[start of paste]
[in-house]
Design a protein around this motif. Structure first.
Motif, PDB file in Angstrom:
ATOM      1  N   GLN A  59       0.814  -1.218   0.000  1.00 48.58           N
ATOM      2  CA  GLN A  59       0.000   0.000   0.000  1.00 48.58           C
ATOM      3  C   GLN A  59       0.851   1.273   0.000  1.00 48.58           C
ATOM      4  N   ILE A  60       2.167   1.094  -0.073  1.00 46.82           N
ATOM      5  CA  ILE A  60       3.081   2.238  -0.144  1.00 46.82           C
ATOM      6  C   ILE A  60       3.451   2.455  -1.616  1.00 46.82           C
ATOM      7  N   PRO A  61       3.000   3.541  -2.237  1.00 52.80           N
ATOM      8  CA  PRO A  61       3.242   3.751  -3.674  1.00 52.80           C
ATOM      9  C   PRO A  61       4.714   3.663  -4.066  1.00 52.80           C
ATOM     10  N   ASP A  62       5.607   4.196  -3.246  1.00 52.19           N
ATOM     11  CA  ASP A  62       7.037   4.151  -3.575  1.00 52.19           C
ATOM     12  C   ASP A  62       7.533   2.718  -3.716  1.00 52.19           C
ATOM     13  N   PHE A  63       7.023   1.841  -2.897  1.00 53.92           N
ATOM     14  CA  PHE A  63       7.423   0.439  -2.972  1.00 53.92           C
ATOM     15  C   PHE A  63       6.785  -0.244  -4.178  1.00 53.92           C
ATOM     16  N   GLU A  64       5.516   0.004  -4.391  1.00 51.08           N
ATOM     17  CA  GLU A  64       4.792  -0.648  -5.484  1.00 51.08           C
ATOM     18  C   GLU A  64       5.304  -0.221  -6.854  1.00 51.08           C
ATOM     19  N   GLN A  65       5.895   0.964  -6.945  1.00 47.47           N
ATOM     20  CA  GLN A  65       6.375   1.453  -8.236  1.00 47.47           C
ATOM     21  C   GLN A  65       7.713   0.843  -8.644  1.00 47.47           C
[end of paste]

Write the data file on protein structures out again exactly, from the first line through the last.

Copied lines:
[in-house]
Design a protein around this motif. Structure first.
Motif, PDB file in Angstrom:
ATOM      1  N   GLN A  59       0.814  -1.218   0.000  1.00 48.58           N
ATOM      2  CA  GLN A  59       0.000   0.000   0.000  1.00 48.58           C
ATOM      3  C   GLN A  59       0.851   1.273   0.000  1.00 48.58           C
ATOM      4  N   ILE A  60       2.167   1.094  -0.073  1.00 46.82           N
ATOM      5  CA  ILE A  60       3.081   2.238  -0.144  1.00 46.82           C
ATOM      6  C   ILE A  60       3.451   2.455  -1.616  1.00 46.82           C
ATOM      7  N   PRO A  61       3.000   3.541  -2.237  1.00 52.80           N
ATOM      8  CA  PRO A  61       3.242   3.751  -3.674  1.00 52.80           C
ATOM      9  C   PRO A  61       4.714   3.663  -4.066  1.00 52.80           C
ATOM     10  N   ASP A  62       5.607   4.196  -3.246  1.00 52.19           N
ATOM     11  CA  ASP A  62       7.037   4.151  -3.575  1.00 52.19           C
ATOM     12  C   ASP A  62       7.533   2.718  -3.716  1.00 52.19           C
ATOM     13  N   PHE A  63       7.023   1.841  -2.897  1.00 53.92           N
ATOM     14  CA  PHE A  63       7.423   0.439  -2.972  1.00 53.92           C
ATOM     15  C   PHE A  63       6.785  -0.244  -4.178  1.00 53.92           C
ATOM     16  N   GLU A  64       5.516   0.004  -4.391  1.00 51.08           N
ATOM     17  CA  GLU A  64       4.792  -0.648  -5.484  1.00 51.08           C
ATOM     18  C   GLU A  64       5.304  -0.221  -6.854  1.00 51.08           C
ATOM     19  N   GLN A  65       5.895   0.964  -6.945  1.00 47.47           N
ATOM     20  CA  GLN A  65       6.375   1.453  -8.236  1.00 47.47           C
ATOM     21  C   GLN A  65       7.713   0.843  -8.644  1.00 47.47           C